It's been an eventful week on the Greenland Ice Sheet, with two separate camp moves, six beautiful radar surveys, a 27 m ice core at Core 11, and a whopping GreenTrACS record-breaking 32.5 m ice core at Core 12. The temperatures have been treating us kindly (highs around 20 F and lows in the single digits), but the relentless wind has barely dropped below 20 mph this whole week. We had a near-critical incident while setting up camp at Core 12, when a gust of wind picked up the erected-but-not-yet-staked-down Arctic Oven tent and began rolling it away. Gabe dove inside the vestibule to tackle the tent and hold it down while the rest of the team sprinted to the rescue. Luckily, we didnít tear the tent or break any poles during this gymnastics exercise.
Tate helped drill his first ice core at Core 11. He was thrilled to finally see the melt layers and density contrasts that heís inferred with his radar system. Nearly every run he would exclaim, "wow, I'm holding a piece of ice thats been buried for 30 years!!", or something equally goofy. It's always a fun reminder that although some days seem cold and tedious, the science weíre doing is unique and exciting. We've noticed that the snow accumulation is much lower at Core 12 than the previous few locations, and that we see many more melt layers. It will be interesting to examine these ice cores in the lab back at Dartmouth when we don't have to worry about frostbite in our fingers and toes.
Inspired by the ice coring, Tate excavated a 255 cm-deep pit on the western spur, looking for the depth of the previous summer's snow surface. This mega-pit took Tate, Bob, and Forrest several hours to dig and required an intermediate ledge to shovel snow all the way to the surface.
Forrest's snowmobile has still been acting up. We've talked to mechanics in Kangerlussuaq, Colorado, and Alaska, but all weíve learned is that the problem instantly disappears whenever we call for help on the satellite phone. The issues reappear only when we try to drive the snowmobile far away from camp. On both the moves to Camp 10 and to Camp 11, the snowmobile started to back fire and die only a few kilometers out of camp. Forrest was forced to abandon his load, and the group had to return later with an empty sled to drag the broken-down machine the rest of the way. But every time we test the machine in camp, the snowmobile starts right up and runs great. Just when we thought the problem was solved, Gabe was using the snow mobile to measure albedo near Core 11. The snowmobile died a kilometer from camp, requiring him to dredge his was back to camp through knee-deep powder screaming obscenities that, luckily, no one could hear. Letís hope we can fix this problem soon!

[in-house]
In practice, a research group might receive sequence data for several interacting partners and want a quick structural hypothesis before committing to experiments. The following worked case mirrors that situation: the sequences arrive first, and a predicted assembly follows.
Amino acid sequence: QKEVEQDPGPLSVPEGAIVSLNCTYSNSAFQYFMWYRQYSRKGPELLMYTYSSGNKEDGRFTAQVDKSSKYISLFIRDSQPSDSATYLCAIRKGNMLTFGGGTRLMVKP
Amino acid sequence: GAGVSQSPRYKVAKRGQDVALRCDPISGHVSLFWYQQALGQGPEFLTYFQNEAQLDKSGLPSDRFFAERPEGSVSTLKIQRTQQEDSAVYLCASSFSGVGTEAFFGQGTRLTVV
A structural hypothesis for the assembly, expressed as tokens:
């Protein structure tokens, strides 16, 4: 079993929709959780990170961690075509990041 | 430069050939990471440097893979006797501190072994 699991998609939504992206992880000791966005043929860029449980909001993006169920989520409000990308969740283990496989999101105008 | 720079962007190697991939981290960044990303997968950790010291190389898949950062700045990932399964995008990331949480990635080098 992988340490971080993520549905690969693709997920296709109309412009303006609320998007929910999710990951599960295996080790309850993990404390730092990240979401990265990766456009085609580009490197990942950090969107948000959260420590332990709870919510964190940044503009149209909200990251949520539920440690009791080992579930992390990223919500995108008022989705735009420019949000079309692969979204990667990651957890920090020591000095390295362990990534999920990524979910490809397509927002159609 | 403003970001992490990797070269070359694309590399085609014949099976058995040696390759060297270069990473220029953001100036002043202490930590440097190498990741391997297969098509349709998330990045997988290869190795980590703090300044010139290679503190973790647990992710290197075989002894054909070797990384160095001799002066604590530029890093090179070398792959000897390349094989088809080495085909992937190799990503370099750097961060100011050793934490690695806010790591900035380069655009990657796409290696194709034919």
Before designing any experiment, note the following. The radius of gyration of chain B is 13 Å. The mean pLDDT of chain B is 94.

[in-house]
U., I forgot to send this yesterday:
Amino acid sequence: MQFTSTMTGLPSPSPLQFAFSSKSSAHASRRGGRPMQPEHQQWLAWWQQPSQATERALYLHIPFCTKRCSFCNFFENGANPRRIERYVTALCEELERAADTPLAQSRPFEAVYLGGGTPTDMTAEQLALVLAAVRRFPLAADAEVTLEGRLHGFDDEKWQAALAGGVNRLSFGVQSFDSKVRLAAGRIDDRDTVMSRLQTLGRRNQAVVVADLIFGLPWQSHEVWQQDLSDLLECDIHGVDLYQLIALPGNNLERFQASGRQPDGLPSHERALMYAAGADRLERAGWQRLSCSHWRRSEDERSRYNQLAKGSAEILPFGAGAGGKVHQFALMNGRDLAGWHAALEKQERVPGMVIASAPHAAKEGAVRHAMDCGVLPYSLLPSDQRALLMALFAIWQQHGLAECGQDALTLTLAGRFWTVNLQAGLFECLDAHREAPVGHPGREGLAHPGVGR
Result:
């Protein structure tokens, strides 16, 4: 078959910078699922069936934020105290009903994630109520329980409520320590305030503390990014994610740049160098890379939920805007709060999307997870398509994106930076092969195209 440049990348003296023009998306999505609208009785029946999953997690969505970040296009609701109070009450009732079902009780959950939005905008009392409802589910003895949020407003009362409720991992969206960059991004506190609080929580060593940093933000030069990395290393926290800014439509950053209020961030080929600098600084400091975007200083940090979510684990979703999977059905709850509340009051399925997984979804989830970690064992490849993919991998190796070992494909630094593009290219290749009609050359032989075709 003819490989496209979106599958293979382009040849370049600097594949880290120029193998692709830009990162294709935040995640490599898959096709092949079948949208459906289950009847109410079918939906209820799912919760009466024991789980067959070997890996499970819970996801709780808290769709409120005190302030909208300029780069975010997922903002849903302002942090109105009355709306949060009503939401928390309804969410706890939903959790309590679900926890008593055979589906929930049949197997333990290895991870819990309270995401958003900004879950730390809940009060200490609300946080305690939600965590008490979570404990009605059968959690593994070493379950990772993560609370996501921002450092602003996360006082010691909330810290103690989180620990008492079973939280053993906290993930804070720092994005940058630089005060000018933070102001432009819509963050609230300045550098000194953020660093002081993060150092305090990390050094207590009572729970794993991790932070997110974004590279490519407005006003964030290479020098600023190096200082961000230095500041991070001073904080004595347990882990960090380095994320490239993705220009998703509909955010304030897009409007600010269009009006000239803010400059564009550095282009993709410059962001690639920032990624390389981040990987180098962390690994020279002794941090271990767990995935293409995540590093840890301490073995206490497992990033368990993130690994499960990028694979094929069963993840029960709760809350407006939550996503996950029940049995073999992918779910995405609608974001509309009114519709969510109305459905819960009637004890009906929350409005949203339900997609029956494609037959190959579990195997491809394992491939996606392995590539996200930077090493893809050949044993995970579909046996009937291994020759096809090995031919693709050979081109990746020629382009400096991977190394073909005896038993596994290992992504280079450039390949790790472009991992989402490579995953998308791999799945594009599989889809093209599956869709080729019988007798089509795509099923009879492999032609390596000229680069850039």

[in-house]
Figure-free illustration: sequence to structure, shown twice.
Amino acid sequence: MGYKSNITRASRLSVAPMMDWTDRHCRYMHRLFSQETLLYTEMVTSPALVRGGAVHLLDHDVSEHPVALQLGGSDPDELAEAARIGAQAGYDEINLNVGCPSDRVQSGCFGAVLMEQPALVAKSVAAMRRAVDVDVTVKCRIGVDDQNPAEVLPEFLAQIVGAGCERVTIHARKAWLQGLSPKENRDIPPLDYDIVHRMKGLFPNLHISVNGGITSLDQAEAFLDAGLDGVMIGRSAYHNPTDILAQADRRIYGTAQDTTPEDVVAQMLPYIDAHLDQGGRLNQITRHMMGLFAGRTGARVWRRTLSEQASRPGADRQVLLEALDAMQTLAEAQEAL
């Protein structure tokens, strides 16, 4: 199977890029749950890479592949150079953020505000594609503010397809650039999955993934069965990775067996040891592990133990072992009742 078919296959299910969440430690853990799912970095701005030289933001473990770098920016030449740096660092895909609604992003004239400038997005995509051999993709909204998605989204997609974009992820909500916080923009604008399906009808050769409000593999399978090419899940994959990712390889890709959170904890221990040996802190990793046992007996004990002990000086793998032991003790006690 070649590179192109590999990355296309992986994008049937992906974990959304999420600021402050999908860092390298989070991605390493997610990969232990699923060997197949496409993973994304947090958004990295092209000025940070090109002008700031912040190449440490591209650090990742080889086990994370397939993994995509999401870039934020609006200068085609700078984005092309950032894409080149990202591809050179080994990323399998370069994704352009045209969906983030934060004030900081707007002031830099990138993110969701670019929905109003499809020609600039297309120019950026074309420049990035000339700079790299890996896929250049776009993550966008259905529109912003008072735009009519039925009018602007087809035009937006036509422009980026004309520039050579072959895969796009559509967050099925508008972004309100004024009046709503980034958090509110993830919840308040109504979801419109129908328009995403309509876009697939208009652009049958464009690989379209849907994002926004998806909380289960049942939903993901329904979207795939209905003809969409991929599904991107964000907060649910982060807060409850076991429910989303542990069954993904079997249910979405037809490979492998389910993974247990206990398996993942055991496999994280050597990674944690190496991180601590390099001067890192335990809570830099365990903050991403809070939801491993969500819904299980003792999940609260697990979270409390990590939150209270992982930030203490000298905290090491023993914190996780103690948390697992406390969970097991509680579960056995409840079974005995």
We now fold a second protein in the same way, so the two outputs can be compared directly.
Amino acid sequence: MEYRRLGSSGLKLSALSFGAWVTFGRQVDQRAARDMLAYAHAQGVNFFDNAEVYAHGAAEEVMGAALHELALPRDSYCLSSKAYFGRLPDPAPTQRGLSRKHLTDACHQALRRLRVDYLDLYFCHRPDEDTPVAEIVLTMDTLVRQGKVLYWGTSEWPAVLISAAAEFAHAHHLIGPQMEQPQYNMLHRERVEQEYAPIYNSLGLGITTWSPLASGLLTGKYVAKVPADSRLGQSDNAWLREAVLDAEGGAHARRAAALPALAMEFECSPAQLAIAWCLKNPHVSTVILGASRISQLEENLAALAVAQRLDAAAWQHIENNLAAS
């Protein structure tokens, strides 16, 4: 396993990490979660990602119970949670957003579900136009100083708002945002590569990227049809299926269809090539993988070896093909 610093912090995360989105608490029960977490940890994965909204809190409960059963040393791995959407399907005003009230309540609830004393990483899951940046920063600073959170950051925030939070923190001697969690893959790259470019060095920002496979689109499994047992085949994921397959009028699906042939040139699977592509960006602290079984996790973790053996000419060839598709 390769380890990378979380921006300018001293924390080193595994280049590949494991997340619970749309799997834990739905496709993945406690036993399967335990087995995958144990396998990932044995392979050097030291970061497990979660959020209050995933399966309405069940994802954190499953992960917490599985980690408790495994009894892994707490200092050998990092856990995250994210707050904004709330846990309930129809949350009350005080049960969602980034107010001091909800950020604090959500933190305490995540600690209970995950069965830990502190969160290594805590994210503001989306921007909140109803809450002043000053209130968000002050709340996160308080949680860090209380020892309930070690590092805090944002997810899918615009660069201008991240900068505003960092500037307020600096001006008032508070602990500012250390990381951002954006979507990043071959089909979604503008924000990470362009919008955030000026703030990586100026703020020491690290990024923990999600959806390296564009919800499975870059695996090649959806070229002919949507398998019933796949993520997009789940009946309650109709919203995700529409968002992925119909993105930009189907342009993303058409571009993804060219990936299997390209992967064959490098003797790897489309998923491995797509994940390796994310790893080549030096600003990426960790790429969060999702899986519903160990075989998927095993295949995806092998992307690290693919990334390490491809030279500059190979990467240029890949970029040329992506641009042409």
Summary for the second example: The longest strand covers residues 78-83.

We've spent the past few days fixing broken equipment while the winds keep us in camp. We took the GSSI radar controller and survival bag out of a sled to remove the built-up snow and ice. As we were chipping basketball-size hunks of ice from the sled, we accidentally snapped the cable off one of the solar panels. We fixed the problem by drilling a few holes, soldering, and zip-tying it back together. We also discovered that one of the pins on a cable connecting Tate's multi-offset GPR was bent, but this problem was not as easy to solve. We've spent multiple hours on the phone with HP and the radar antenna engineers, but have yet to determine how to fix the problem.
One positive of the stormy, windy weather is that it provides us the chance to make fun but time consuming meals. Dinner can get repetitive out here on the ice sheet with limited time and supplies. So whenever we get the chance we try to mix up the routine of spaghetti, mac and cheese, and burritos with something more original. Tate has claim to the most creative and delicious meal so far. He took a muskox filet, wrapped it up in a basket of bacon, fried it, and served the creation up with mash potatoes and green beans. We've also enjoyed pizza, baked ziti, and Nutella-frosted cupcakes on days when we have time to use the camp oven.
We are officially past the halfway point of our traverse, measuring by time, number of ice cores, or distance. Despite the strong winds forecasted for the next week, we're excited to get to the next few core locations and keep collecting great data. Hopefully this time none of our tents will try to fly away!